Meet Our Panelist Jazzy
Being followed by men was sadly a standard occurrence for young women growing up in Sunshine, says 23-year old Jazzy, who was followed home on a number of occasions between the ages of 12 to 18 years.
“It would happen to some girls that I went to school with, they’d come to school crying about it. Sometimes it was groups of males, but for the most part it was one random person. It was a pretty scary thing to go through but most girls my age just accepted that it was part of life.”
“My parents knew about it. The school knew that it had happened and often, the advice was that you just need to be careful and you can’t go out alone,” Jazzy said.
Those early experiences have shaped Jazzy’s values and passions. As a strong advocate for the rights of women, Jazzy wants to see the elimination of violence against women and girls.
“I have not been a victim of directly, but I know of far too many people who have experienced it. It’s something that I know I will always have to fear as a woman, but it shouldn’t have to be like that.”
Jazzy is keen to raise the voices of young women to talk about “everything”.
One topic she is particularly passionate about is the effects of ‘slut-shaming’ on young women, which is a form of bullying that happens on social media or in the school corridors where girls are targeted about their sexuality.
“It’s a thing that all girls go through and it’s also affecting non-binary people,” said Jazzy.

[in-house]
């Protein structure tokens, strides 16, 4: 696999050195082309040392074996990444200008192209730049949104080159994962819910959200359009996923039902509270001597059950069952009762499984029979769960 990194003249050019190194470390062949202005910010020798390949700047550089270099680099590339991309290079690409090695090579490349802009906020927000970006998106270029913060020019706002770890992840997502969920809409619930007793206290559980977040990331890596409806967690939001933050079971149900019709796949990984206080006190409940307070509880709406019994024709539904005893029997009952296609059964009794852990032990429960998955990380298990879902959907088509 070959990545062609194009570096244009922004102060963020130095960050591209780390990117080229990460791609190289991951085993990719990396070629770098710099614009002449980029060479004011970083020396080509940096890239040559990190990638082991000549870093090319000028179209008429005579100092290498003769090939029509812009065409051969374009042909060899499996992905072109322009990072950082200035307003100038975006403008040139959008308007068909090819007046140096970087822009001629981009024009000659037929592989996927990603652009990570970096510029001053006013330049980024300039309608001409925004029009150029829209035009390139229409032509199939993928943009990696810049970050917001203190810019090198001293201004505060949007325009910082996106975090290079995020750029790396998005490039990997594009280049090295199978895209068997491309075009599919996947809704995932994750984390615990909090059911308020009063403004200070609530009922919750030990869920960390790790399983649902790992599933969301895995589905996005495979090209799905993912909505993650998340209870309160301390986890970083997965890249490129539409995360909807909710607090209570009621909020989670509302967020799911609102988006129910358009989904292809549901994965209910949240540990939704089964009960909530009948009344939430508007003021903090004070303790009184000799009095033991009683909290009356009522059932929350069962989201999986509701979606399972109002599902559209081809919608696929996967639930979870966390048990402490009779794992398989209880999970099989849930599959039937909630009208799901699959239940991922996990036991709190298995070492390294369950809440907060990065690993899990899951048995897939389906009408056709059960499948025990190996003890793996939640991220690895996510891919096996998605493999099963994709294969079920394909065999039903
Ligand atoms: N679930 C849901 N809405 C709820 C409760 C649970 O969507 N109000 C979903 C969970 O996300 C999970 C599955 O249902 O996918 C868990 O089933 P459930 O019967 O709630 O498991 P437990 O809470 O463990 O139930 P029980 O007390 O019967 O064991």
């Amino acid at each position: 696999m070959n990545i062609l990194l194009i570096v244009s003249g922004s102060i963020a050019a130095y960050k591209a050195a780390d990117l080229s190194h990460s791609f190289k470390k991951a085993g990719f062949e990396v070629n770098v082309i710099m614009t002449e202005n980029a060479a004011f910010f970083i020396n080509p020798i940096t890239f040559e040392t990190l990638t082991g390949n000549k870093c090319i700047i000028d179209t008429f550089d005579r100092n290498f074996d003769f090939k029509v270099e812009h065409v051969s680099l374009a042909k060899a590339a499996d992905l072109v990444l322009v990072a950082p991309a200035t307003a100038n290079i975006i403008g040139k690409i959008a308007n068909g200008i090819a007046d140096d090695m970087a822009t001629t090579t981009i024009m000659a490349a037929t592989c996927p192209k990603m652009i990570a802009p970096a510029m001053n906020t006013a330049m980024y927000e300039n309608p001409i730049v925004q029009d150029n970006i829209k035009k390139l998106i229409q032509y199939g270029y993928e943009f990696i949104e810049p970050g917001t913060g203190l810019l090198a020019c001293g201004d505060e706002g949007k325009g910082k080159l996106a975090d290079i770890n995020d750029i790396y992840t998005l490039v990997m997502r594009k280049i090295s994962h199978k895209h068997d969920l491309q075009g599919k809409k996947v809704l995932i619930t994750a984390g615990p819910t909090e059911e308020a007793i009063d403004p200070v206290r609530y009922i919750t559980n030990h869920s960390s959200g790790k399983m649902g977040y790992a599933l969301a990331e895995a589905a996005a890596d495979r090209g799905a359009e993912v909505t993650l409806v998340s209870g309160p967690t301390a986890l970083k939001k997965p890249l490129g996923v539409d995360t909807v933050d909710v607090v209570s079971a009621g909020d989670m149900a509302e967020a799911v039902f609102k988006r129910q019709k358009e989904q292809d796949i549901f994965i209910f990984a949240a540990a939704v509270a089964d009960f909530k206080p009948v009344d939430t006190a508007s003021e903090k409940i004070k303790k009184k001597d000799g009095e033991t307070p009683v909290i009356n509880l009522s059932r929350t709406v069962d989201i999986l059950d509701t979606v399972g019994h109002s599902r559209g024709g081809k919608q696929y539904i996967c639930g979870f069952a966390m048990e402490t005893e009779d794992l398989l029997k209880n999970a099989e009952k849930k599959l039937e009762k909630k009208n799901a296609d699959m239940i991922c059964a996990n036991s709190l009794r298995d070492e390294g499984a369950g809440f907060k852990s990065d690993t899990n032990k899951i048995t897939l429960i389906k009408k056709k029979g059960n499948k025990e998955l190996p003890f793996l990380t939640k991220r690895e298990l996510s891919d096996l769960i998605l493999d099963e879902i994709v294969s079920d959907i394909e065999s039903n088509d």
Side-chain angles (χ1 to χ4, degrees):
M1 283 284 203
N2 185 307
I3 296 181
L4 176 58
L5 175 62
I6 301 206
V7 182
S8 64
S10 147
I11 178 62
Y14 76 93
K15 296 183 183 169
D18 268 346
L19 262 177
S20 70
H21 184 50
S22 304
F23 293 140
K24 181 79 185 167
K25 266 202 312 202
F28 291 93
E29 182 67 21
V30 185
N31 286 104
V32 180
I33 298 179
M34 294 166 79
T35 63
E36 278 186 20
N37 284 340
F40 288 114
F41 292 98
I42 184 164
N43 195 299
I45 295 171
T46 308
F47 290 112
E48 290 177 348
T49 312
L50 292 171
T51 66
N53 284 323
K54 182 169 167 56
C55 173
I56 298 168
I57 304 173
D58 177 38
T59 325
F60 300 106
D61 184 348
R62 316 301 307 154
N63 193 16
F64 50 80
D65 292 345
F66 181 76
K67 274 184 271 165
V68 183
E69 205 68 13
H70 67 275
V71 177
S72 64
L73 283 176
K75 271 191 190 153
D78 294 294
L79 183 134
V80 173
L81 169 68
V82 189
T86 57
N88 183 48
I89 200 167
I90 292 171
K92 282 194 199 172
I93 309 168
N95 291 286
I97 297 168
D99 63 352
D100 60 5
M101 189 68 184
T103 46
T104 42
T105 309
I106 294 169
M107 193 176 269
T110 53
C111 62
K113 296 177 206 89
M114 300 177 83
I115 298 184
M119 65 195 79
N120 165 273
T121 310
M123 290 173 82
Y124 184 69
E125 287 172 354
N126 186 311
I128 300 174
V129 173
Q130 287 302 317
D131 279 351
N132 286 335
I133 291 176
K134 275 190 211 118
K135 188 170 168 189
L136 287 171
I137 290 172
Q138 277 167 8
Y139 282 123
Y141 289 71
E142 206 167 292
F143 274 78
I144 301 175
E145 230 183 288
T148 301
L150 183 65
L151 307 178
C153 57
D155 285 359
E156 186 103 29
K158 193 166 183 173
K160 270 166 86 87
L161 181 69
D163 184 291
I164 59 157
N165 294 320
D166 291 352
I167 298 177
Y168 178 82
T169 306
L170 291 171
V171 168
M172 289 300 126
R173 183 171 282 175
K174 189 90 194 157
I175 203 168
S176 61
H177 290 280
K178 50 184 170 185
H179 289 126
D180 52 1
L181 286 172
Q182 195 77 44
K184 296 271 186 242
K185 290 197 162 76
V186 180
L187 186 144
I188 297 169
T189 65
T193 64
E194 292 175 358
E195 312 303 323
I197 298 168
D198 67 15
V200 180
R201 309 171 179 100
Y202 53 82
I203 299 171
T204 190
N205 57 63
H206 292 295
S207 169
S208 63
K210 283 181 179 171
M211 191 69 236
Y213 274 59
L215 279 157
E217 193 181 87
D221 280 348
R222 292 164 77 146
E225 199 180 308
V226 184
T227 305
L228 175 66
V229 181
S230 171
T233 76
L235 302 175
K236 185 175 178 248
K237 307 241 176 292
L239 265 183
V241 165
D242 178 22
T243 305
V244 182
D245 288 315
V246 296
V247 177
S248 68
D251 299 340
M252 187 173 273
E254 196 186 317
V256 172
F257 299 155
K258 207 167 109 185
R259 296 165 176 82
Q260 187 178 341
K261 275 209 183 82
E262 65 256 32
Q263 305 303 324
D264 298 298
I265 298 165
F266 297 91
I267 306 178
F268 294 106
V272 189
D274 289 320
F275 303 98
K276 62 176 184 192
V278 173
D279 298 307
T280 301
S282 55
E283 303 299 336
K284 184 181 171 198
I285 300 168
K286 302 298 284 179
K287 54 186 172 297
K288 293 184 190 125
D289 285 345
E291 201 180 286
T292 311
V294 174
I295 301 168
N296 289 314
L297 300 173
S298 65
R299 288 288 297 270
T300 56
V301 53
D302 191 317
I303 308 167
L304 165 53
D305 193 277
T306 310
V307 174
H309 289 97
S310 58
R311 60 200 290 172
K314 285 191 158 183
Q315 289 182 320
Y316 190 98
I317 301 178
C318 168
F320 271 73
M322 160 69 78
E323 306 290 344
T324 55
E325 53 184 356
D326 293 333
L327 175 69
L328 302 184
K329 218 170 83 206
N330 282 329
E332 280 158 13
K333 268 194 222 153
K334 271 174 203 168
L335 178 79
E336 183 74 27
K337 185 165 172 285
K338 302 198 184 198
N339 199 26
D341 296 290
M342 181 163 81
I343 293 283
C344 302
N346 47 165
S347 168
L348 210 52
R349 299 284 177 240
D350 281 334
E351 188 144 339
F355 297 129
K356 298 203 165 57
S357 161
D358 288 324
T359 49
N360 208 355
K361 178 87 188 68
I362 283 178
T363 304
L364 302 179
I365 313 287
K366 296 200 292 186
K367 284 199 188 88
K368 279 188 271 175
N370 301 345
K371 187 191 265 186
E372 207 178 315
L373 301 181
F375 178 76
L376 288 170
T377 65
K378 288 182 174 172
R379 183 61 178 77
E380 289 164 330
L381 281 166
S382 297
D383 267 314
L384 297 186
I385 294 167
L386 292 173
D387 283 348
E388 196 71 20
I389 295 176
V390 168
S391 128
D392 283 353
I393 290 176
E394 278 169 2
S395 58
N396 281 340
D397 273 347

When people are ‘slut-shamed’ they are often made fun of for the way they look, the way they dress or their presumed level of sexual activity.
“And now we have to deal with things like OnlyFans which has skyrocketed on social media. There’s a lot of girls on it, because they can take control of their bodies and get money quick. It’s a little exaggerated and very confusing.”
The Les Twentyman Foundation’s basketball club led Jazzy to a place in the EMBRACE program at just 12 years of age and she has stayed involved since then.
“The EMBRACE program has been very supportive, I’ve learnt a lot by teaching and mentoring young people and life lessons that I didn’t know I was going to need.”
One of her key takeaways was to be aware of the people you let into your life. Some of the most important people in Jazzy’s life have been women including her great grandmother, grandmothers, aunties and mum.
Jazzy says her great grandmother had 14 kids and raised all the greatest people in her life.
“These women all went against the odds and made it through with strength, persistence and courage. They are strong willed and when they were told no, they would find another way, another door.”
Jazzy’s parents moved from the Philippines to Australia for “a better life”. They were both factory workers in Sunshine and have a family of three daughters. There were always high expectations that their daughters would be successful.
Jazzy says she experienced pressure to finish school, go to university and get a degree but she wanted to experience more things.
“When I didn’t do what was expected of me, I had to take from the strongest women in my life and become self-assured. As I get older, I’m less fearful of making those decisions.”
While Jazzy has spent some time at university, she wasn’t able to continue her studies due to changes in her life and is taking steps to completing a Certificate 4 in Mental Health.
“I have a passion for the mind and I really enjoy learning about it. I was exposed at a very young age to people experiencing mental health issues and I know there’s a huge need for more support in this area.”
When asked what advice she would give her younger self, Jazzy says not to be scared of meeting the cultural expectations that come with being of Asian descent.
“I would let her know that life’s going to get interesting and that every decision I made was the right one. Don’t let fear control your decision-making.”